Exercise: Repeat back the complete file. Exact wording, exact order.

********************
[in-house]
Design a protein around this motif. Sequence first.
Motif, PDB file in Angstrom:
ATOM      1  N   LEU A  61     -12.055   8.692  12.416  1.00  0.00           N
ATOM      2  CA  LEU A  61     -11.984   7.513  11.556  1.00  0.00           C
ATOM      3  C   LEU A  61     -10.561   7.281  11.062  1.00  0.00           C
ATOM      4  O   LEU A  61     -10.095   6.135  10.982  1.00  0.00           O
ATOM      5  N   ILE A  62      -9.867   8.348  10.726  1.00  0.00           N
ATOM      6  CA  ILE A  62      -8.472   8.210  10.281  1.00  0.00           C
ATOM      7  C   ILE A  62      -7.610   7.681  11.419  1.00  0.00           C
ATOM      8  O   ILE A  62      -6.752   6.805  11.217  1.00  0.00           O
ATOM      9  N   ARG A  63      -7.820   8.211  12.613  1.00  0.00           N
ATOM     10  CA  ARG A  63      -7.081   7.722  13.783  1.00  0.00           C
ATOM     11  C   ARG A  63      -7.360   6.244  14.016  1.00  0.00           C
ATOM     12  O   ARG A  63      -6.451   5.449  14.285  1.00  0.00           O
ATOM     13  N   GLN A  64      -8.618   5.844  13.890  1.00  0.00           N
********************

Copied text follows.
[in-house]
Design a protein around this motif. Sequence first.
Motif, PDB file in Angstrom:
ATOM      1  N   LEU A  61     -12.055   8.692  12.416  1.00  0.00           N
ATOM      2  CA  LEU A  61     -11.984   7.513  11.556  1.00  0.00           C
ATOM      3  C   LEU A  61     -10.561   7.281  11.062  1.00  0.00           C
ATOM      4  O   LEU A  61     -10.095   6.135  10.982  1.00  0.00           O
ATOM      5  N   ILE A  62      -9.867   8.348  10.726  1.00  0.00           N
ATOM      6  CA  ILE A  62      -8.472   8.210  10.281  1.00  0.00           C
ATOM      7  C   ILE A  62      -7.610   7.681  11.419  1.00  0.00           C
ATOM      8  O   ILE A  62      -6.752   6.805  11.217  1.00  0.00           O
ATOM      9  N   ARG A  63      -7.820   8.211  12.613  1.00  0.00           N
ATOM     10  CA  ARG A  63      -7.081   7.722  13.783  1.00  0.00           C
ATOM     11  C   ARG A  63      -7.360   6.244  14.016  1.00  0.00           C
ATOM     12  O   ARG A  63      -6.451   5.449  14.285  1.00  0.00           O
ATOM     13  N   GLN A  64      -8.618   5.844  13.890  1.00  0.00           N